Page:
eligible to the remaining passengers in the other seat(s). Once Shotgun is available, you
must call Shotgun before the other occupants. Often times there is discrepancy regarding
when Shotgun actually becomes available. Several attempts have been made to clearly
define this point, yet no truly fair rule can be applied here. For this reason, one game of
Rock, Paper, Scissors is usually the easiest way to solve the problem.

Exception: If the Shotgun rider abandoned the seat to do a deed for the driver, i.e.
purchasing cigarettes or pumping gas, that person retains Shotgun.

5.7 Other Seats


Once the Shotgun seat has been called by someone, the other less prestigious seats
in the car may be claimed using the same rules as calling Shotgun. For example, you can
say “back-right” or “back-center.” In addition, you may also negate calls such as “not
back-center” which would put you in any seat except for the back-center.

5.8 Remain Seated


If you choose to remain in the automobile while the other passengers accomplish
their deed, you may retain full rights to Shotgun. Often times, not everyone needs to go
inside when completing menial deeds. It can be abused, however, when a certain person
is willing to wait in the car for extensive periods of time in order to retain the rights to
Shotgun. This type of person is considered to be a “Shotgun Gaper.”
6 Discrepancies
If a discrepancy ever occurs, and they commonly do, over who rightfully gets
Shotgun, it is usually settled with a single game of Rock, Paper, Scissors. A common
application of this procedure takes place after two people call Shotgun at the exact same
time.

Note: Driver has final say when a dispute arises. This power is referred to as “driver
override.” This power must be used within reason, as its abuse would defeat the purpose
of the Shotgun system altogether.

7 Exceptions
Although the Shotgun rules have been created with the ultimate fairness in mind,
there are situations where exceptions need to be implemented.

7.1 Significant Others


This is the most important exception. If a significant other is included in the group
of automobile passengers, and this person is the significant other or potential significant
other of the driver, then they get automatic Shotgun privileges.

7.2 Owner-Driver Switch


If someone is driving an automobile other than its owner, and the owner becomes a
passenger, then the owner automatically gets Shotgun. When applied, this rule shows
respect to the owner of the car.

7.3 The Long Haul


The rules listed above have been designed around the shorter trip (under a couple of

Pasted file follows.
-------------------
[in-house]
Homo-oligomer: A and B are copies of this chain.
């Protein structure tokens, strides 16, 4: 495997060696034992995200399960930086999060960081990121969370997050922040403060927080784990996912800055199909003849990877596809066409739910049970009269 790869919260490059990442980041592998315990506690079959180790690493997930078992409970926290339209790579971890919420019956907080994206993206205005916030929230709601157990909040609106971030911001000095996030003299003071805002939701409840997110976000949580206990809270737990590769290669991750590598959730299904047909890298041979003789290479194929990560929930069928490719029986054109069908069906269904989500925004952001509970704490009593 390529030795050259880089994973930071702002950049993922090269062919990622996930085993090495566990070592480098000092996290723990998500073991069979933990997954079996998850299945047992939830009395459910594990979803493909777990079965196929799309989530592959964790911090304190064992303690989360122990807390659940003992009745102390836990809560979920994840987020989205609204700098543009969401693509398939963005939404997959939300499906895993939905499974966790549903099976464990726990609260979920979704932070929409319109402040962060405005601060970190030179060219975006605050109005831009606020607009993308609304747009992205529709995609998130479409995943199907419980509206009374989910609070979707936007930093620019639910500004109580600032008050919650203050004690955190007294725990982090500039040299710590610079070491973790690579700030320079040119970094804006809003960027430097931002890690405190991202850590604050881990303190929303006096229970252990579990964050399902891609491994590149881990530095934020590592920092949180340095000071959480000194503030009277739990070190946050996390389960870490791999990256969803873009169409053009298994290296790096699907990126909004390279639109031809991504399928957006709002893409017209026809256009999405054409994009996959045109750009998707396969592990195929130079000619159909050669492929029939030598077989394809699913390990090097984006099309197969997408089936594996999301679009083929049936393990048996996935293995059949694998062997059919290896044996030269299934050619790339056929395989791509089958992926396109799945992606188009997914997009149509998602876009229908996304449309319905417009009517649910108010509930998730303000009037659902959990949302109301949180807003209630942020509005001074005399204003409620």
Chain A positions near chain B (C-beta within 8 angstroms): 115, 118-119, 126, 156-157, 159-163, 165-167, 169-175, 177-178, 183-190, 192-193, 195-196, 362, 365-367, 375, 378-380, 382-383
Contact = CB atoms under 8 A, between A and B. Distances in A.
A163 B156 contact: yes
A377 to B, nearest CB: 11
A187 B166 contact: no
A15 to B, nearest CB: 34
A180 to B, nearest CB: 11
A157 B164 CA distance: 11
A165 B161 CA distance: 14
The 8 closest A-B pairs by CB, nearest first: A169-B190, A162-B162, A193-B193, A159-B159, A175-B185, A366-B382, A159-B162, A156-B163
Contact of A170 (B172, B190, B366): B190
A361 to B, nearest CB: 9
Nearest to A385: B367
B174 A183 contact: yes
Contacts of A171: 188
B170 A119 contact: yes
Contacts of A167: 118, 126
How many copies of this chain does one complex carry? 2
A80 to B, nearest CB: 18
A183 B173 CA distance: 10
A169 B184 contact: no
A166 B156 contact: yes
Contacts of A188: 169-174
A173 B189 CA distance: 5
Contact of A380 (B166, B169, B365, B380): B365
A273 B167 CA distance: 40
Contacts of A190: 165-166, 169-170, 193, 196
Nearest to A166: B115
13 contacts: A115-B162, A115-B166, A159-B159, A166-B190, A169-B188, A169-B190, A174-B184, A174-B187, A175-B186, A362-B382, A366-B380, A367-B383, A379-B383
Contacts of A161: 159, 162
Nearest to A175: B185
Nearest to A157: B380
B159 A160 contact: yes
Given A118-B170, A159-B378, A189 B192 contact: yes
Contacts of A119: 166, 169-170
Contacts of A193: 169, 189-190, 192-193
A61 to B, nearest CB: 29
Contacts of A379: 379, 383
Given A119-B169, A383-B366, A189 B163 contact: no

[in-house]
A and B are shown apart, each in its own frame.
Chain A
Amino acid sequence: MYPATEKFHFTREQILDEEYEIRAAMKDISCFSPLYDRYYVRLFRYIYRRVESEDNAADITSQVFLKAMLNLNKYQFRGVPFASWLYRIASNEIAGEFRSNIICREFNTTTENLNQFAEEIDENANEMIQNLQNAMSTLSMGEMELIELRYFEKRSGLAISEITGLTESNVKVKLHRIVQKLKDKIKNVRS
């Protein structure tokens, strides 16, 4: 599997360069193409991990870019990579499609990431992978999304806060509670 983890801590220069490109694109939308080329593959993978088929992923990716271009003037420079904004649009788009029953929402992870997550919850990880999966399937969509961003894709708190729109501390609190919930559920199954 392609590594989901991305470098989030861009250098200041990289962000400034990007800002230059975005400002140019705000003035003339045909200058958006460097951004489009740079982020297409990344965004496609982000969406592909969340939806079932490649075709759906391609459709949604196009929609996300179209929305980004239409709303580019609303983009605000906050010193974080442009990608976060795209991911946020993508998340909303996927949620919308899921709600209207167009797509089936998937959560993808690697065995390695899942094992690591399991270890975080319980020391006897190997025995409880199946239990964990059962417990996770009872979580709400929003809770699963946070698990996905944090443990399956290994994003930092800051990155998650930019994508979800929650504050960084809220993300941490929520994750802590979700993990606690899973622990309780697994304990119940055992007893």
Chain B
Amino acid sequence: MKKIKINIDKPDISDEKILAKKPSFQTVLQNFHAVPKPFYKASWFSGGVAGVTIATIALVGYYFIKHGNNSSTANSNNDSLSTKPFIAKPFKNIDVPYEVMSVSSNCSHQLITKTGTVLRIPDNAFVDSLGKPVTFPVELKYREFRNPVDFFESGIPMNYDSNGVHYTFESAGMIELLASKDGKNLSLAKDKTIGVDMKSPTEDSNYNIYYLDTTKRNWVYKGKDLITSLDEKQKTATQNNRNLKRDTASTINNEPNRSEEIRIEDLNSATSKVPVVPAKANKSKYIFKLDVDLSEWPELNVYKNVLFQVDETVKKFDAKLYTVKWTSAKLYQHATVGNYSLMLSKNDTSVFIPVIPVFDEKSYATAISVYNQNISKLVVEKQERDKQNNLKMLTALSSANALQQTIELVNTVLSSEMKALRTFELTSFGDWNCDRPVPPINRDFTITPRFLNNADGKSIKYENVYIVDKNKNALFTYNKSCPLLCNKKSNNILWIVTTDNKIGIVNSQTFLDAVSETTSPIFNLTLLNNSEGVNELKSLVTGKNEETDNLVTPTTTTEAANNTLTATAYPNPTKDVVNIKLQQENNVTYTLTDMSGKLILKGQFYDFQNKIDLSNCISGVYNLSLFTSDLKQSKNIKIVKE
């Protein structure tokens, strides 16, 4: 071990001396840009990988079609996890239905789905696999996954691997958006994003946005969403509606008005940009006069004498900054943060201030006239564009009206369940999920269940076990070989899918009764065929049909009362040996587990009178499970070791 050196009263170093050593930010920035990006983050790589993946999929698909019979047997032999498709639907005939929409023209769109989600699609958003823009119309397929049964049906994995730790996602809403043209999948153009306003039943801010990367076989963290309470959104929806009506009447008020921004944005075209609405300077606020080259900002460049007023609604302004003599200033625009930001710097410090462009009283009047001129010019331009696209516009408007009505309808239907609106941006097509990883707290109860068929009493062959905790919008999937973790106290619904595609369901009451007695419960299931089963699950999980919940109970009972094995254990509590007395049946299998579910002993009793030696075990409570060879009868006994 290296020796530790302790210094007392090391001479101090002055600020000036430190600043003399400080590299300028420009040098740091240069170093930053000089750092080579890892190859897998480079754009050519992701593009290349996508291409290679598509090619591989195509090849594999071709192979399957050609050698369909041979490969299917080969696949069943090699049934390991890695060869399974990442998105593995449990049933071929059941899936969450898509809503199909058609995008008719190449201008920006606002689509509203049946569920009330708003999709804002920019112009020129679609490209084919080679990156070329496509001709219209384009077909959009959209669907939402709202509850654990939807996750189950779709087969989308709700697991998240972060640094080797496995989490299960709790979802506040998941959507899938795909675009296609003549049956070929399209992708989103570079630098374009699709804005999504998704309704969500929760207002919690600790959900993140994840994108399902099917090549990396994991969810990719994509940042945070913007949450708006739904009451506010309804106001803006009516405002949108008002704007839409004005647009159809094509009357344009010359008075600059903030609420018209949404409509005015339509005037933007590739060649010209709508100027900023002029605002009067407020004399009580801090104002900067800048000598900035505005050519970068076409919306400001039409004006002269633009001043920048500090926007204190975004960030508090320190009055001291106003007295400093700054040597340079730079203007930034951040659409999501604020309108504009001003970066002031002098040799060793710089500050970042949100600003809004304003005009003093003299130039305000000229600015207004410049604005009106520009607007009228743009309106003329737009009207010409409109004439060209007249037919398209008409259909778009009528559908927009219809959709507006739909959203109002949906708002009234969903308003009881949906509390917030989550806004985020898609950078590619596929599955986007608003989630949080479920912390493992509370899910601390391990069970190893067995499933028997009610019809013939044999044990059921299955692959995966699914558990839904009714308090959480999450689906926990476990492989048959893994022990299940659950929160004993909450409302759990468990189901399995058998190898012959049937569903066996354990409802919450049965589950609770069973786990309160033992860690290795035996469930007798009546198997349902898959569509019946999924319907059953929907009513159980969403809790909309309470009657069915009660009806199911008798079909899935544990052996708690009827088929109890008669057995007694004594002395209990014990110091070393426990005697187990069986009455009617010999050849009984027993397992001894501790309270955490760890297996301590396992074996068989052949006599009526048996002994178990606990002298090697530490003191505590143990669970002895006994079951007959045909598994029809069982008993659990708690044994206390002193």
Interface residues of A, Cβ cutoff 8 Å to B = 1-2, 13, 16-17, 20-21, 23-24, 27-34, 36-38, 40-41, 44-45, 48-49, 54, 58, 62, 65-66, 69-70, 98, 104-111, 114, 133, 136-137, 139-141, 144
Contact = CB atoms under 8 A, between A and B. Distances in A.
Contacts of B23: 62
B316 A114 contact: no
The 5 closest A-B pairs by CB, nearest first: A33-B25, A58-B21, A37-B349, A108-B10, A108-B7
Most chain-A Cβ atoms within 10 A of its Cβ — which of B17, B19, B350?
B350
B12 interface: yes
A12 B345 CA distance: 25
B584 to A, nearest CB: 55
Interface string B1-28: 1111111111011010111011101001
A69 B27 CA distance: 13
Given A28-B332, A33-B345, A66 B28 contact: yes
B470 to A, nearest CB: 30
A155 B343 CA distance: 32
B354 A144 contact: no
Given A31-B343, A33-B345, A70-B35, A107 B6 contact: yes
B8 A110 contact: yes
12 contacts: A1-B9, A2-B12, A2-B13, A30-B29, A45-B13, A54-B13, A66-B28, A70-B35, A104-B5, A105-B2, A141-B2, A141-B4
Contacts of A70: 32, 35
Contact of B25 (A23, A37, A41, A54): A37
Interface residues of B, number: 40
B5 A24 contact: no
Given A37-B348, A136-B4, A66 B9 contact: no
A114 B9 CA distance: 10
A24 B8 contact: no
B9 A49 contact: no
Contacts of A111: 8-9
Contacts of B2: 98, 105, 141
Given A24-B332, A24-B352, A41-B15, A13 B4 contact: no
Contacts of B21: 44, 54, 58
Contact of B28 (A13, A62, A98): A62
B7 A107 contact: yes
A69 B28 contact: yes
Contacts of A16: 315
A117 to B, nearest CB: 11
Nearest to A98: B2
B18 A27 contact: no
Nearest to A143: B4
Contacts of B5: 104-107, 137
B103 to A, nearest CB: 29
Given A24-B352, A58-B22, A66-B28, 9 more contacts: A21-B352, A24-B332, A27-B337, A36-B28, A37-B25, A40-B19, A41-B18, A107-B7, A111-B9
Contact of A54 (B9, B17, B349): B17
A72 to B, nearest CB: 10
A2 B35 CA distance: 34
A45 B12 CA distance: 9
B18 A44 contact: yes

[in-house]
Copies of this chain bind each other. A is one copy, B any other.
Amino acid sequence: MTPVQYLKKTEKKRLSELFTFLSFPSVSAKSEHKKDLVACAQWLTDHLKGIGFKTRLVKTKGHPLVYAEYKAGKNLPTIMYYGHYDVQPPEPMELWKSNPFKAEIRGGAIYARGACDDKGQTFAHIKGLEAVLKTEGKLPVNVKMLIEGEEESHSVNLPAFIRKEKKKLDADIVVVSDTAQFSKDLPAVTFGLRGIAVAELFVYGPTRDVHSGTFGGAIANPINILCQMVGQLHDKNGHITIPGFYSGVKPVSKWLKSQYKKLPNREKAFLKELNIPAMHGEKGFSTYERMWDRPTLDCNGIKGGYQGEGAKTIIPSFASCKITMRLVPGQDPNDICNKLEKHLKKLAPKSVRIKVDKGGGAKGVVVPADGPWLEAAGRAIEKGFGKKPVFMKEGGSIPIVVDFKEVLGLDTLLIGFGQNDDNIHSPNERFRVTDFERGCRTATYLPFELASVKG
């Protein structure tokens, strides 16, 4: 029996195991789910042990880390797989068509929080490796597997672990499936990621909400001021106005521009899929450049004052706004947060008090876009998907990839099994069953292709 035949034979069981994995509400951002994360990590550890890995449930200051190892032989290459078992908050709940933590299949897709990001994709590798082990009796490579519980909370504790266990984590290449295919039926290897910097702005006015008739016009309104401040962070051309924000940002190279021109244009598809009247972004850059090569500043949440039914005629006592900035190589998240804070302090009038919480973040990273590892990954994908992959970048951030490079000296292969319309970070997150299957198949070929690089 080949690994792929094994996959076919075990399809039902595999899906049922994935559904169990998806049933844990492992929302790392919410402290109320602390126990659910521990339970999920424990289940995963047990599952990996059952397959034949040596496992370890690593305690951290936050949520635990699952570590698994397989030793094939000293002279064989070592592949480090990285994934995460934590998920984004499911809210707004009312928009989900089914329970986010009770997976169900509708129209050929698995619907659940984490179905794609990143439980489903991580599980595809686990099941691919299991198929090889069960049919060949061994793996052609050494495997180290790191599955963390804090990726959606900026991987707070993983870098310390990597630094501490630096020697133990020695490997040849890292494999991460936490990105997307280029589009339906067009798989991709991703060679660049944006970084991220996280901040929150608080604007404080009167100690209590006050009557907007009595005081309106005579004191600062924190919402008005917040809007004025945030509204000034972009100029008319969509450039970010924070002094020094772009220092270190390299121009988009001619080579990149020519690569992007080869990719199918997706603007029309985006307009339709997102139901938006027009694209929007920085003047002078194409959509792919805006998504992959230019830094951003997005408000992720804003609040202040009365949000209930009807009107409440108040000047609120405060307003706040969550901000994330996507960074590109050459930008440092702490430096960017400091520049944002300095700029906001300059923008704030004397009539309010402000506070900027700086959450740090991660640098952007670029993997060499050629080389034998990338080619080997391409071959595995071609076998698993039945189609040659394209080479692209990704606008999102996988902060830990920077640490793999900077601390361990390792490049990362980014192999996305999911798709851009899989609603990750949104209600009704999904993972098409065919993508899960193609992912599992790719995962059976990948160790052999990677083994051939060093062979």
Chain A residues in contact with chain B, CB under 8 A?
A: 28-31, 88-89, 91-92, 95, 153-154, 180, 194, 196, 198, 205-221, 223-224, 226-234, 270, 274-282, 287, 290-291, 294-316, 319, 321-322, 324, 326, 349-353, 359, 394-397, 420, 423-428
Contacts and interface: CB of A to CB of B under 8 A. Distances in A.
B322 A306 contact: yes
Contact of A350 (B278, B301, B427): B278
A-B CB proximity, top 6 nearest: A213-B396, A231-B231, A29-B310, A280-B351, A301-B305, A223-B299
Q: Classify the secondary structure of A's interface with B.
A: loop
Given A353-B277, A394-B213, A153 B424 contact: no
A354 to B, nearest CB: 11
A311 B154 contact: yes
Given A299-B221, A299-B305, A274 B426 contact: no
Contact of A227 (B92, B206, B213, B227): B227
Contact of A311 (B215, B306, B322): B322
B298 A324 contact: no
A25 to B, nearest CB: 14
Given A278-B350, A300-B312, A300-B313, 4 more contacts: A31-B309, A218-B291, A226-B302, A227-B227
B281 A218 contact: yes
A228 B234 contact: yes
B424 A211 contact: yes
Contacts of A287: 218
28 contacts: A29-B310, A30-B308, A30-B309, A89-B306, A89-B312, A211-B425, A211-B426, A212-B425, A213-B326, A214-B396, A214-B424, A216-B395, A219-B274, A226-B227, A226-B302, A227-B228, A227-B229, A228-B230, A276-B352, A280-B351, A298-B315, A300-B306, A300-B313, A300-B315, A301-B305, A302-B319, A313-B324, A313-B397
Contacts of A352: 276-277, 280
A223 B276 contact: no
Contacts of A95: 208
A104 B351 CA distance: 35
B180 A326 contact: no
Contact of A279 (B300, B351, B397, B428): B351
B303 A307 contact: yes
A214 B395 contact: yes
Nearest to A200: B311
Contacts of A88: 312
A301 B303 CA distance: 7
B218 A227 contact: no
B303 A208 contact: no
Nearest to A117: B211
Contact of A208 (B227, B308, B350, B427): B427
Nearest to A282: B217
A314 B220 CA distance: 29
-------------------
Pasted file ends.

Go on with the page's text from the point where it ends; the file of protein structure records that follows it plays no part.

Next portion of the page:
hours). For longer journeys, it is best not to use these rules because the incentives to be a
gaper are too great. Rather, you should divide Shotgun equally among those who want it
or reach some other compromise.

7.4 Shotgun Blam


Shotgun Blam is a maneuver that can be executed by anyone who is not riding
Shotgun. After Shotgun has been called, the non-Shotgun rider can “Blam” the Shotgun
rider and sit in the Shotgun seat before the Shotgun rider has a chance to get in the
vehicle. This maneuver must be accompanied by exclaiming the words “Shotgun Blam”
as this belittles the person who was “Blammed.”

Exception: Shotgun Blam does not apply if the driver owns a coupe or car with
only two (2) doors.
8 Definitions

8.1 The Shotgun Gaper


Gapers (gay-pers) are people who prioritize Shotgun much more than a normal
human being. These people will alter their usual behavior and even undermine their own
ethics in order to gain the rights to Shotgun. They do this through legal means such as
sprinting for an exit, and therefore they cannot be voided. The term gaper was originally
given to Will Henderson who once rode Shotgun for 2 months straight. The advantage to
being a Shotgun Gaper, of course, is you always get Shotgun. Being a Shotgun Gaper,
however, is frowned upon.

8.2 Voiding
Whenever you break a Shotgun rule as stated in this guide, you may be voided
from receiving Shotgun privileges for that ride. Although somewhat discretionary,
voiding automatically applies if you call Shotgun while indoors, or if you do not have
your shoes on and call Shotgun, or if you display any other blatant disregard for Shotgun
protocol. In circumstances of minor Shotgun rules infractions, voiding may not need to
be exercised. Being void only applies for the ride directly after the voiding has occurred;
and after that ride, you may regain full Shotgun privileges. Once someone has been
voided, then all of the other passengers are free to once again call Shotgun in the correct
manner.

8.3 Blam
A Blam is executed by shoving the Shotgun rider out of the way and entering the
vehicle in the Shotgun position before the original Shotgun rider has a chance to do
so.